Rogers N.H.,California Institute for Biomedical Research Calibr
Annals of Medicine | Year: 2015
It was previously assumed that brown adipose tissue (BAT) is present in humans only for a short period following birth, the time in which mechanisms of generating heat by way of shivering are not yet developed. Although BAT is maximally recruited in early infancy, findings in recent years have led to a new consensus that metabolically active BAT remains present in most children and many adult humans. Evidence to date supports a slow and steady decline in BAT activity throughout life, with the exception of an intriguing spike in the prevalence and volume of BAT around the time of puberty that remains poorly understood. Because BAT activity is more commonly observed in individuals with a lower body mass index, an association seen in both adult and pediatric populations, there is the exciting possibility that BAT is protective against childhood and adult obesity. Indeed, the function and metabolic relevance of human BAT is currently an area of vigorous research. The goal of this review is to summarize what is currently known about changes that occur in BAT during various stages of life, with a particular emphasis on puberty and aging. © 2014 Informa UK, Ltd.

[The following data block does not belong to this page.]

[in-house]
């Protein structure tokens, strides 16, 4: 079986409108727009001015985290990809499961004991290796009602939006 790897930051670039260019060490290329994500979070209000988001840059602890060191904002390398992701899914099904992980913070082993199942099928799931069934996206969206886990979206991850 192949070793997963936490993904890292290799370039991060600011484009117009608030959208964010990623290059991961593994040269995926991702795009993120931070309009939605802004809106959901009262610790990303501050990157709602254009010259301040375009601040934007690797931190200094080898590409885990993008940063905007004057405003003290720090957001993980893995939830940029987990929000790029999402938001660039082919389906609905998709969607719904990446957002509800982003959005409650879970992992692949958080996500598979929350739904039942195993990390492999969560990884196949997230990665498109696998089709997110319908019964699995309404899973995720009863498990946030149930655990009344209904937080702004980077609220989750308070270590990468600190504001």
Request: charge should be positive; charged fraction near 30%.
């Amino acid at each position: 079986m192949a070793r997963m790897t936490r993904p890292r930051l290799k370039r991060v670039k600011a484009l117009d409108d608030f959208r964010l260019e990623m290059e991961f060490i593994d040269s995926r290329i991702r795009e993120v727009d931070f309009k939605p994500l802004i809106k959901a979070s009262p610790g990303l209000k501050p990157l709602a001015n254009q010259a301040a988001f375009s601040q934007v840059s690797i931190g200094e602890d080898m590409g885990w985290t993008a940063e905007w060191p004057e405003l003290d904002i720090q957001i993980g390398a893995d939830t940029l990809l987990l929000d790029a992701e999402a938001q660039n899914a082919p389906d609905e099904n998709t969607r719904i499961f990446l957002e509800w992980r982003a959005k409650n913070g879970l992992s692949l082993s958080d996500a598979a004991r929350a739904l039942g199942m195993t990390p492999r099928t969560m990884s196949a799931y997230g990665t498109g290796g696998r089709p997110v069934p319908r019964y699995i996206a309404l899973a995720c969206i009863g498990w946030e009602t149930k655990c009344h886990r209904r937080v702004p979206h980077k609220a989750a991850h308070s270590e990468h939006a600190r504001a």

Kazane S.A.,Scripps Research Institute |
Kazane S.A.,California Institute for Biomedical Research Calibr |
Axup J.Y.,Scripps Research Institute |
Kim C.H.,Scripps Research Institute |
And 10 more authors.
Journal of the American Chemical Society | Year: 2013
With the recent clinical success of bispecific antibodies, a strategy to rapidly synthesize and evaluate bispecific or higher order multispecific molecules could facilitate the discovery of new therapeutic agents. Here, we show that unnatural amino acids (UAAs) with orthogonal chemical reactivity can be used to generate site-specific antibody-oligonucleotide conjugates. These constructs can then be self-assembled into multimeric complexes with defined composition, valency, and geometry. With this approach, we generated potent bispecific antibodies that recruit cytotoxic T lymphocytes to Her2 and CD20 positive cancer cells, as well as multimeric antibody fragments with enhanced activity. This strategy should accelerate the synthesis and in vitro characterization of antibody constructs with unique specificities and molecular architectures. © 2012 American Chemical Society.